Orica sets green goals

EXPLOSIVES maker Orica has set itself the target of reducing its Scope 1 and 2 operational emissions by at least 40% from 2018-19 levels by 2029-30.
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It has already reduced to its operational emissions by 9% this year and 6% the year before that.

Orica is also actively working to reduce its exposure to thermal coal to keep investors happy.

On the emissions front the priority will be to get rid of industrial process emissions and nitrous oxide abatement. Those account for 55% of Orica's operational emissions.

The company will be adopting proven low emissions technologies and making use of innovation and technological expertise to reduce emissions.

Orica chief financial officer Chris Davis said the operational emissions reduction goals had also been embedded in the key performance indicators for its manufacturing executives.

"It's a fairly substantial proportion of those KPIs," he said.

Those KPIs are linked to the executives' short-term incentives.

Davis said capital requests for emissions abatement technology were already being submitted.

Orica's Carseland ammonium nitrate plant in Canada will be the first cab off the emissions abatement rank followed by its Kooragang Island and Yarwun plants in Australia.

Davis said Orica had been working with the government in Canada and done some emissions work there already.

"Also, we have a major turnaround happening there in 2021," he said.

Those turnarounds, when the manufacturing plant is shutdown for maintenance, are an ideal time to introduce emissions abatement technologies.

The Burrup technical ammonium nitrate plant Orica has in partnership with Yara in Western Australia's Pilbara is not included in the initial push for two reasons.

Firstly, the plant is operated by Yara.

However, perhaps more importantly, is that Burrup is a much more modern plant than Carseland, Koorangang Island or Yarwun.

Davis said Orica would get far more bang for its emissions abatement buck from those older plants at this stage.

However, it is likely attention will turn to the Pilbara plant in the future as the other plants' emissions reduction efforts come to fruition.

Davis said Orica had been looking at climate change for a number of years and had an ultimate aim of reaching zero net emissions by 2050.

"We've done a fair bit of analysis to see how we get there," he said.

Mounting society pressure to reduce emissions is part of the driver behind the push.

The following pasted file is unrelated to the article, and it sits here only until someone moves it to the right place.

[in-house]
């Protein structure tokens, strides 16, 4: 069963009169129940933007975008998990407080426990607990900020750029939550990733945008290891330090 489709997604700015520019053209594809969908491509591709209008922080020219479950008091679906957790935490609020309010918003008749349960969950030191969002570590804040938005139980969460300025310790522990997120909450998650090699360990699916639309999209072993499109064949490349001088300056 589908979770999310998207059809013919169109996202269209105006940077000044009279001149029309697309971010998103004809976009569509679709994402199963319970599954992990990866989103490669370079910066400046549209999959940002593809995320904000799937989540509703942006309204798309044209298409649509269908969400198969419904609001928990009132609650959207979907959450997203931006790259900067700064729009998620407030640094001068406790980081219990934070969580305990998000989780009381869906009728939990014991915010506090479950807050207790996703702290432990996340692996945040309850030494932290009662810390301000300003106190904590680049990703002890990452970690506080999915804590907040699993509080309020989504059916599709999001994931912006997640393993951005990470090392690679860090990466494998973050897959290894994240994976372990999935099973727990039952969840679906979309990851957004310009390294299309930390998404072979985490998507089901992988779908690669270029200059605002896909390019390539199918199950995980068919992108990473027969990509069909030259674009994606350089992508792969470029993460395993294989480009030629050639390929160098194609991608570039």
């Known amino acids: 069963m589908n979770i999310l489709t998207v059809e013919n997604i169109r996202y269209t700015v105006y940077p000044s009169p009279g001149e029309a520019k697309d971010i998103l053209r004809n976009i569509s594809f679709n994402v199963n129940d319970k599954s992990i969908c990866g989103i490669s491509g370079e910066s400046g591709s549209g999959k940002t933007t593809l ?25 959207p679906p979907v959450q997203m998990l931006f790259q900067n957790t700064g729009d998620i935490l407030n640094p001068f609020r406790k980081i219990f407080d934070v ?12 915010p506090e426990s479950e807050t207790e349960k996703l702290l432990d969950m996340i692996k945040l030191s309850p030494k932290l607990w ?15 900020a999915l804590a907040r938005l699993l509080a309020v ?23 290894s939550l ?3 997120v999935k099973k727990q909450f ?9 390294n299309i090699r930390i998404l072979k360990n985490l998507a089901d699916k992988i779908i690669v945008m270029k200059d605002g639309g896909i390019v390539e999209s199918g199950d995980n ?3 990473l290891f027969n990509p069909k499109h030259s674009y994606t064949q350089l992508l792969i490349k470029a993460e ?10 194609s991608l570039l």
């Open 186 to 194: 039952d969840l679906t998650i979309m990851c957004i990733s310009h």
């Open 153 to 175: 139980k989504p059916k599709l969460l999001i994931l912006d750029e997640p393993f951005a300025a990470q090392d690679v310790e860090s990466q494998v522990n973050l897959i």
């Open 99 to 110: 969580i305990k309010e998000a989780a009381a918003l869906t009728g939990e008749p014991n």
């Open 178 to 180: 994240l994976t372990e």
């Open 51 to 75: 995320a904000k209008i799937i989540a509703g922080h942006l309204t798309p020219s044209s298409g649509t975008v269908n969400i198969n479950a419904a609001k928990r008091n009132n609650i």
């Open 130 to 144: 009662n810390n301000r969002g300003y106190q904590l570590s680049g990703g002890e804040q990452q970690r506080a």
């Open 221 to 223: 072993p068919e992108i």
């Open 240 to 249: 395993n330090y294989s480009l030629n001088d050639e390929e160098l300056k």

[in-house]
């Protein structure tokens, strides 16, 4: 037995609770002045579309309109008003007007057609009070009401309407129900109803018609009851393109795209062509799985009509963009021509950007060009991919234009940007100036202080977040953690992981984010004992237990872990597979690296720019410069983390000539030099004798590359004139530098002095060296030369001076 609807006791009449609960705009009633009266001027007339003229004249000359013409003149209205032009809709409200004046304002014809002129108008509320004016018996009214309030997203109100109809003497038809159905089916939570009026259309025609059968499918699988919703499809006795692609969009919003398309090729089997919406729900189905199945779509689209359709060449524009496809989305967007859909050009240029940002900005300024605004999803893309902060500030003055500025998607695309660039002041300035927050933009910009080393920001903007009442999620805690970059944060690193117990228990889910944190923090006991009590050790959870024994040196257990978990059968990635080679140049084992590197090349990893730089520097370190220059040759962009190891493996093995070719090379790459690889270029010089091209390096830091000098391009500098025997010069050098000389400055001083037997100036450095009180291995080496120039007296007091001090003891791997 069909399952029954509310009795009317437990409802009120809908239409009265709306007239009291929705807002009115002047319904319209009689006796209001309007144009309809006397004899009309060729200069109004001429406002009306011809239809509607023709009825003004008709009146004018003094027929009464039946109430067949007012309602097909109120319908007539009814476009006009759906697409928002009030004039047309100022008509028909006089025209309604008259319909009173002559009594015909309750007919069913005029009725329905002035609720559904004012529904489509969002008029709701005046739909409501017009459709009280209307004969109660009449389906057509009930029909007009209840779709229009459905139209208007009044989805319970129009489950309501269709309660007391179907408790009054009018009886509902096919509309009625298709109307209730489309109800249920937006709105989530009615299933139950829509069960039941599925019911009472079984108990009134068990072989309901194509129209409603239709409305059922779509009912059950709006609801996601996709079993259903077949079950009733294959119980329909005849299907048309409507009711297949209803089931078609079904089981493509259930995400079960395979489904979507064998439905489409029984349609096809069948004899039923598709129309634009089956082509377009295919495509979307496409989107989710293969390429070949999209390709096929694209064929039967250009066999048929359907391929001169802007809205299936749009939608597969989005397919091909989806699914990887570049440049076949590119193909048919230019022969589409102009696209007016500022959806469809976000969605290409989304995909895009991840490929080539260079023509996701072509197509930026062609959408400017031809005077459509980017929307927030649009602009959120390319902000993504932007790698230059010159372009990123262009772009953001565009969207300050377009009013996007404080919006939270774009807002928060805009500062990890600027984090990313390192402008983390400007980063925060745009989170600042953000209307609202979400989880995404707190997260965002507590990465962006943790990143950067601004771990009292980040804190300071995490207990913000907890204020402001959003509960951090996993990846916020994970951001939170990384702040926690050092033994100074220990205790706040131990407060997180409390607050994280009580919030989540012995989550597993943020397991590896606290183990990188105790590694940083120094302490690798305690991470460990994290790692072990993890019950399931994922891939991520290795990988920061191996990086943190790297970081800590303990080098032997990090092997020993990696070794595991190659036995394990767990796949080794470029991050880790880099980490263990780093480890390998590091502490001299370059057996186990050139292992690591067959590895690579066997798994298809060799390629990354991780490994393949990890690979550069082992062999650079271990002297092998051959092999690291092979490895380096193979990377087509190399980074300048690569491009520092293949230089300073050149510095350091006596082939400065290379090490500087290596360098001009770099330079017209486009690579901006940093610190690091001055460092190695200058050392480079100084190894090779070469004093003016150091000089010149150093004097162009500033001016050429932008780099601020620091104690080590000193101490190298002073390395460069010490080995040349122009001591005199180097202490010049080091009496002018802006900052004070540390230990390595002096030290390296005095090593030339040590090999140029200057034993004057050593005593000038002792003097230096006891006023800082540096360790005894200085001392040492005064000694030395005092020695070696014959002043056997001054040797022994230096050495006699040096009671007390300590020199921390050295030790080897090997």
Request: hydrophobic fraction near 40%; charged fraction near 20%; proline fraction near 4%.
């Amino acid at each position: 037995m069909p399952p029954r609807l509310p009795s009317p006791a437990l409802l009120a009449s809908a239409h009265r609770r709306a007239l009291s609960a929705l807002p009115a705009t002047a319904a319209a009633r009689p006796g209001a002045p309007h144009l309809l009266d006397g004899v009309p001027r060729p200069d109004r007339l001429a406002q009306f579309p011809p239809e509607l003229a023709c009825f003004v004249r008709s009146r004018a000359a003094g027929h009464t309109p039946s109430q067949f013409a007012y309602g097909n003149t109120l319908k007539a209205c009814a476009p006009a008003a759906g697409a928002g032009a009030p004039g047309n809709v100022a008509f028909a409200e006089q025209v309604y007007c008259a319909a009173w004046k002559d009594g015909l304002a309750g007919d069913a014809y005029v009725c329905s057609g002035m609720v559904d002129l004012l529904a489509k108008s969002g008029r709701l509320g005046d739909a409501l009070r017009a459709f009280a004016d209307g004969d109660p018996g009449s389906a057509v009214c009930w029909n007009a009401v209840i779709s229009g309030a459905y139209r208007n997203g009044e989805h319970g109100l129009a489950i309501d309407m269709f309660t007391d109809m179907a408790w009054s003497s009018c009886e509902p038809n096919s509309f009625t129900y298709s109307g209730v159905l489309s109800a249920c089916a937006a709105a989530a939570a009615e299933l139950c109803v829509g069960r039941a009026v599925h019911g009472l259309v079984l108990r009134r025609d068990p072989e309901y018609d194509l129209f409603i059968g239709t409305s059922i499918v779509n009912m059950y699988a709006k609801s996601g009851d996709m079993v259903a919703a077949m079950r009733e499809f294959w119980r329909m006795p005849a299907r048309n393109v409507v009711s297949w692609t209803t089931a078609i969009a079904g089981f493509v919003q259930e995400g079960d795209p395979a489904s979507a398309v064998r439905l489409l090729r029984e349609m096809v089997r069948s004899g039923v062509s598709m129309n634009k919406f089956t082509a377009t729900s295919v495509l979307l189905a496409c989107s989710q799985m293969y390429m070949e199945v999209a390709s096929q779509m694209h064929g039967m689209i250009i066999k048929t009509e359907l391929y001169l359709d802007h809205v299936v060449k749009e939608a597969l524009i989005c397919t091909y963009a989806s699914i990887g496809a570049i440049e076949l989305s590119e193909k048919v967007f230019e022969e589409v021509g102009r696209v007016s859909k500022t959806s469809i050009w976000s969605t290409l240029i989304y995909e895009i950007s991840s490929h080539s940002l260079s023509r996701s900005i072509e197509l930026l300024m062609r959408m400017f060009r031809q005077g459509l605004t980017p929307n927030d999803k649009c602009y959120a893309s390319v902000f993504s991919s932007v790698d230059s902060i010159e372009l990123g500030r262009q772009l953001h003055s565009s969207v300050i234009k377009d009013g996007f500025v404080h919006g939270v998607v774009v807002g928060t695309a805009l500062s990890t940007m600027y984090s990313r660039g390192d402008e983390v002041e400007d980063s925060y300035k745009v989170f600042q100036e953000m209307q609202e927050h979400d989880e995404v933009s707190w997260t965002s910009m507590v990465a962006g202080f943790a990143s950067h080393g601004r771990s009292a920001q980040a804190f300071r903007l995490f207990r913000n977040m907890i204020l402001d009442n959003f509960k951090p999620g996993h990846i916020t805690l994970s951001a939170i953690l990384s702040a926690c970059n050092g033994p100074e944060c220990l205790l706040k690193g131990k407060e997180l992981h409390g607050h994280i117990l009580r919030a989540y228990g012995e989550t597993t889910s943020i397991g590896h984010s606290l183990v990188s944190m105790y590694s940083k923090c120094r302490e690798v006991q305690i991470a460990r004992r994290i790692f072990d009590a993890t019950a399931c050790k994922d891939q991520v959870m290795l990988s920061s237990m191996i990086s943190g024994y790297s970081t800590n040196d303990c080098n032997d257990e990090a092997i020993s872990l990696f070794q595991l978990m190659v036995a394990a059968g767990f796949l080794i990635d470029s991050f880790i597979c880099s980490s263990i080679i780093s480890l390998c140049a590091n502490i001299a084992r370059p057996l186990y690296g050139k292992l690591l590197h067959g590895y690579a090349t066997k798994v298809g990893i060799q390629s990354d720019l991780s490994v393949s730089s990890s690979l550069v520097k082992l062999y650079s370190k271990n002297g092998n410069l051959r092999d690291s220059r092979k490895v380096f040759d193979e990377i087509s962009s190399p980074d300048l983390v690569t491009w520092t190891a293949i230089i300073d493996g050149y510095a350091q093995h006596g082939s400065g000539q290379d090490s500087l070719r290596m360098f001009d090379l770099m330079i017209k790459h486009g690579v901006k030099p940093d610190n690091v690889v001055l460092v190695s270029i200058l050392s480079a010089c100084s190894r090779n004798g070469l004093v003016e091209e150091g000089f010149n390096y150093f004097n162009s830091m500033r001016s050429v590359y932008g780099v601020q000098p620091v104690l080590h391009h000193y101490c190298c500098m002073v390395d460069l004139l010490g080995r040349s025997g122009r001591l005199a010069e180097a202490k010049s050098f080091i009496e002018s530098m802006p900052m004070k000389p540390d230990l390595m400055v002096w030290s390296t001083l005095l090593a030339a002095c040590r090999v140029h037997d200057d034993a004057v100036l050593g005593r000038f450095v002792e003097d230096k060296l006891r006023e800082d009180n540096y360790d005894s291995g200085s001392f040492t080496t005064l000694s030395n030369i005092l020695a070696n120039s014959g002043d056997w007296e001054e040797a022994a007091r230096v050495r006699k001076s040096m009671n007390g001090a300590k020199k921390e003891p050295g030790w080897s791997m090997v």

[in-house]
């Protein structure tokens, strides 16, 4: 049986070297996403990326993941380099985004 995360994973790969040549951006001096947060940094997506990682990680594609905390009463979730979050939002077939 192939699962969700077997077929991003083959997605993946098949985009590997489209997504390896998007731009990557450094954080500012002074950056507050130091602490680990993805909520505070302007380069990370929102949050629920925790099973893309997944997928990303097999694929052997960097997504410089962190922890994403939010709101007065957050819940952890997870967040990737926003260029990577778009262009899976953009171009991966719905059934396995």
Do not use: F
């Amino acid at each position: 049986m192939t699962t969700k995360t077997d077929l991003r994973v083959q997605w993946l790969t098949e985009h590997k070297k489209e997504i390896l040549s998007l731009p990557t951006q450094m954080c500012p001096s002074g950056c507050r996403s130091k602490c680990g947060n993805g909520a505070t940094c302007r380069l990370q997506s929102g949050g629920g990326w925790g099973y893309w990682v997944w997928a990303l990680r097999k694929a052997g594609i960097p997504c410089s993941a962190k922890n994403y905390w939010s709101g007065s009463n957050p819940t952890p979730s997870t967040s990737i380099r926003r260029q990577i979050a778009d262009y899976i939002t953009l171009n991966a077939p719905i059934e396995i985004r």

"We've had one or two customers asking us what we're doing about it [climate change]," Davis said.

"We're also looking to scope three emissions."

In some ways it seems Orica is far better placed to reduce its scope three emissions than some of its customers such as iron ore miners.

Iron ore miners, for example, have no say in how their iron ore is processed once the customer takes hold of it.

Orica can have a direct input into the emissions from the use of its products through better initiation or chemical formulation.

However, Davis said explosives only counted for 1% of the emissions on its customers' sites.

He said there was far more impact to be had by dealing with its suppliers to get them to produce their AN with fewer emissions and it was in discussions with those suppliers about that.

About 50% of Orica's AN comes from third parties.

Davis said equity investors were also starting to put pressure on Orica over thermal coal.

"We've actively, over the past period looked at our exposure to thermal coal," he said.

"We've reduced our exposure to 16% [revenue from thermal coal] this financial year and will reduce to 15% next financial year."

This diversification away from thermal coal was part of the driver behind Orica's purchase of Exsa in Peru.

That purchase grew its exposure to copper and gold.

"Black Rock has been the most vocal on this [exposure to thermal coal]," Davis said.

"They said they wouldn't invest in anyone with more than 25% exposure to thermal coal.

"That's why we're looking at reducing that exposure."

Davis said Orica would not be exiting thermal coal in the short term though.

Besides emissions, Orica has also been working to improve the reliability of its AN plants to at least 80%.

Burrup was an outlier in that regard because defective components were installed when it was built, which massively impacted its output and reliability from the start.

Those components have since been replaced.

Davis said the Burrup plant was restarted in May and was in full operation.

That operation is hitting an 85% reliability rate.

In the 2019-20 financial year all of Orica's plants beat that 80% mark. Kooragang Island had 86% overall equipment efficiencyh, Yarwun was at 82%, Carseland reached 88% and Bontang in Indonesia hit 92%.

Davis said the 80% target had been decided on after the company had a very tough 2018.

The Burrup issues were being fully felt and the Kooragang Island plant went down.